Harriet Martineau's achievements
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- She made economic and social ideas and options understandable to the ordinary people. - Harriet had the gift of explaining difficult ideas, often by creating interesting stories as settings for the concepts (as in her 'Illustrations of Political Economy'). Her short stories became very popular and helped to spread the understanding of the economic options and social ideas emerging from the industrial revolution. For example, Harriet took Comte's rambling, difficult book and translated it into English, using her own sociological understanding to pull his ideas together and make them much easier to understand. It was so good that Comte had it translated back into French and used it with his own students. Without Harriet's work, Comte may well never have received the recognition he still has today.
- She developed a methodology for studying societies which has been used by sociologists ever since. - She is often referred to as the mother of sociology. In her book, 'How to Observe Morals and Manners' (1838), Harriet outlines her ideas that, when studying society, all its aspects should be looked at, including social class, religion, domestic relations (including treatment of children, servants and women) and how individuals and society's institutions interact. This was a much more in-depth and wide-ranging approach than had been used before. This was an important insight, and laid down one of the main foundations of modern sociology. She also translated the writings of Auguste Comte (the first person to use the term sociology).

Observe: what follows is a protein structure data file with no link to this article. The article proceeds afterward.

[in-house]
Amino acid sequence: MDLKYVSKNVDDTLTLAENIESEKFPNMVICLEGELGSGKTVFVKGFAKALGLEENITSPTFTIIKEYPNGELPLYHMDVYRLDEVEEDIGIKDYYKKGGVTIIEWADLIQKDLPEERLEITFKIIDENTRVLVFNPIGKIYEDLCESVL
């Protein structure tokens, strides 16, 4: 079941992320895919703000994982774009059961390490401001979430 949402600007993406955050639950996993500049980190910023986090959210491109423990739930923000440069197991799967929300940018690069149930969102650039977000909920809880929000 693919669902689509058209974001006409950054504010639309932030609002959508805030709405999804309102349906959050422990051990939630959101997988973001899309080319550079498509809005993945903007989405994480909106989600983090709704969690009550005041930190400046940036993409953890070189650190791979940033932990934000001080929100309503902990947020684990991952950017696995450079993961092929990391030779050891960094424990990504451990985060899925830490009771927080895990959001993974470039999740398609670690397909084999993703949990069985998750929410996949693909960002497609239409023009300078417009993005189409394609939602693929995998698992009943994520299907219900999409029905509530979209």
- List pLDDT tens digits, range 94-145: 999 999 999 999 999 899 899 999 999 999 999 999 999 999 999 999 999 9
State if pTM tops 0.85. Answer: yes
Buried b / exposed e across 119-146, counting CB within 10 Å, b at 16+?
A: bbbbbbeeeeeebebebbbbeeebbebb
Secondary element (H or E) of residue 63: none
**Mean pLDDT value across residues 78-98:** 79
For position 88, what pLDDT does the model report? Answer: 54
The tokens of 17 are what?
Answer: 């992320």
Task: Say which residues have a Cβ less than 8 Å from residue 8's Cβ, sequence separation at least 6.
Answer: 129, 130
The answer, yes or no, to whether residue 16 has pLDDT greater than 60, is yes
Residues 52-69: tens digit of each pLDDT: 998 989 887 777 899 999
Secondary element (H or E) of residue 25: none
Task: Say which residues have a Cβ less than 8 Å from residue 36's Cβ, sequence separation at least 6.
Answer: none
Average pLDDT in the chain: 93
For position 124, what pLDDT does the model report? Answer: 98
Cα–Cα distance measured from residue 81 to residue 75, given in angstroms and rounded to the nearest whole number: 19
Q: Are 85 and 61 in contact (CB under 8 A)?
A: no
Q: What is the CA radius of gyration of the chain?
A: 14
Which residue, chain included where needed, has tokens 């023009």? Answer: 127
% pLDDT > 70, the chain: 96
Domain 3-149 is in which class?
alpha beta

- Harriet was one of the first Victorian women to write about the 'Woman Question', women's roles and rights in society. - A life-long feminist, in her writings she campaigned actively for education for all women to equal that of men, that employment should be open to women and they should be able to pursue careers as they chose, that women should be allowed to vote, that they should own their own property - not to have it passed to husbands if they married - and to have laws and practices discriminating against women abolished. She remained active in the Women's Suffrage movement until her death and was often a lone voice on the 'Woman Question'.
- Harriet was an outspoken critic of slavery and campaigned against it throughout her life. - Because of her belief in social justice, Harriet was always against slavery. Her visit to America brought her into contact with a society whose economy, in large areas, still depended on slavery. She spoke out against it throughout her time there and wrote, on her return, that slavery made a mockery of the American ideal of freedom. She wrote a book entitled 'The Martyr Age of the United States', which gave details of women's involvement in the American Anti-Slavery Society. At this stage, the Abolition movement was still small and weak in America, and her voice must have added weight to their arguments. Her writings on slavery, which include 'The Hour and the Man' about Toussaint L'Ouverture and the Haitian revolution, have been credited with swaying the British public in favour of the American Civil War and, through her articles, she almost single-handedly kept the question of slavery in America in the public eye.